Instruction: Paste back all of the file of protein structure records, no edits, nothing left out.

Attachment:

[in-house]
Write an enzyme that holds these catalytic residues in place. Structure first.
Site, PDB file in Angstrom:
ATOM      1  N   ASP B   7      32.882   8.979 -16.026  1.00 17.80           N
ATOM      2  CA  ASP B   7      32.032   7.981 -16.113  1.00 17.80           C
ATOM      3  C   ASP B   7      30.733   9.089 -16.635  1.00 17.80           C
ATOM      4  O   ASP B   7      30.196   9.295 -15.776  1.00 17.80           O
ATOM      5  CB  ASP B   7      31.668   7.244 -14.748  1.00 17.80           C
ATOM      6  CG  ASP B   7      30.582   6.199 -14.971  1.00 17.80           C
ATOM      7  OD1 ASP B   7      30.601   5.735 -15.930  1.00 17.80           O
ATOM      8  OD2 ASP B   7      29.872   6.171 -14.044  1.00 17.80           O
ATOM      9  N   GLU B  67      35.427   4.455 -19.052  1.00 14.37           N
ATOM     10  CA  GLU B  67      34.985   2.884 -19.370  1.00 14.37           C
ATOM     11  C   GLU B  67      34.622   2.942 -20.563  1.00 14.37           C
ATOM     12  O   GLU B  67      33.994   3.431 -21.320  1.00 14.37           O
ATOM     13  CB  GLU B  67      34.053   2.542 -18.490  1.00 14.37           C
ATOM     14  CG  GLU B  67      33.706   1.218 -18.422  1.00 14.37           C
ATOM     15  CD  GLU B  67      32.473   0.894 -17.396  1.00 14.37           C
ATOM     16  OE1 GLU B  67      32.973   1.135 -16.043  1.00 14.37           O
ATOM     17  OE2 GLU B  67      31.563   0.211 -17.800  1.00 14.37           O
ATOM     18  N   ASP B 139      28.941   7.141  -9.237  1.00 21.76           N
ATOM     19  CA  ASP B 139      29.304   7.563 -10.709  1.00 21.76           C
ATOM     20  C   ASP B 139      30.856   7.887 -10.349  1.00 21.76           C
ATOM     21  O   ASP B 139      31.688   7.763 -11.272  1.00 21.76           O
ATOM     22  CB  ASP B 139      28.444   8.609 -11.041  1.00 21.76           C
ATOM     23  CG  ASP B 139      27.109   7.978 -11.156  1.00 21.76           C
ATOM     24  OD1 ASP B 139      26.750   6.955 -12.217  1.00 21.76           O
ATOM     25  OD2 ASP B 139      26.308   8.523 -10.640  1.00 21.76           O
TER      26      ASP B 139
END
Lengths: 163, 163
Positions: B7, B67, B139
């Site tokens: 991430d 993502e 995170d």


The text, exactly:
[in-house]
Write an enzyme that holds these catalytic residues in place. Structure first.
Site, PDB file in Angstrom:
ATOM      1  N   ASP B   7      32.882   8.979 -16.026  1.00 17.80           N
ATOM      2  CA  ASP B   7      32.032   7.981 -16.113  1.00 17.80           C
ATOM      3  C   ASP B   7      30.733   9.089 -16.635  1.00 17.80           C
ATOM      4  O   ASP B   7      30.196   9.295 -15.776  1.00 17.80           O
ATOM      5  CB  ASP B   7      31.668   7.244 -14.748  1.00 17.80           C
ATOM      6  CG  ASP B   7      30.582   6.199 -14.971  1.00 17.80           C
ATOM      7  OD1 ASP B   7      30.601   5.735 -15.930  1.00 17.80           O
ATOM      8  OD2 ASP B   7      29.872   6.171 -14.044  1.00 17.80           O
ATOM      9  N   GLU B  67      35.427   4.455 -19.052  1.00 14.37           N
ATOM     10  CA  GLU B  67      34.985   2.884 -19.370  1.00 14.37           C
ATOM     11  C   GLU B  67      34.622   2.942 -20.563  1.00 14.37           C
ATOM     12  O   GLU B  67      33.994   3.431 -21.320  1.00 14.37           O
ATOM     13  CB  GLU B  67      34.053   2.542 -18.490  1.00 14.37           C
ATOM     14  CG  GLU B  67      33.706   1.218 -18.422  1.00 14.37           C
ATOM     15  CD  GLU B  67      32.473   0.894 -17.396  1.00 14.37           C
ATOM     16  OE1 GLU B  67      32.973   1.135 -16.043  1.00 14.37           O
ATOM     17  OE2 GLU B  67      31.563   0.211 -17.800  1.00 14.37           O
ATOM     18  N   ASP B 139      28.941   7.141  -9.237  1.00 21.76           N
ATOM     19  CA  ASP B 139      29.304   7.563 -10.709  1.00 21.76           C
ATOM     20  C   ASP B 139      30.856   7.887 -10.349  1.00 21.76           C
ATOM     21  O   ASP B 139      31.688   7.763 -11.272  1.00 21.76           O
ATOM     22  CB  ASP B 139      28.444   8.609 -11.041  1.00 21.76           C
ATOM     23  CG  ASP B 139      27.109   7.978 -11.156  1.00 21.76           C
ATOM     24  OD1 ASP B 139      26.750   6.955 -12.217  1.00 21.76           O
ATOM     25  OD2 ASP B 139      26.308   8.523 -10.640  1.00 21.76           O
TER      26      ASP B 139
END
Lengths: 163, 163
Positions: B7, B67, B139
């Site tokens: 991430d 993502e 995170d």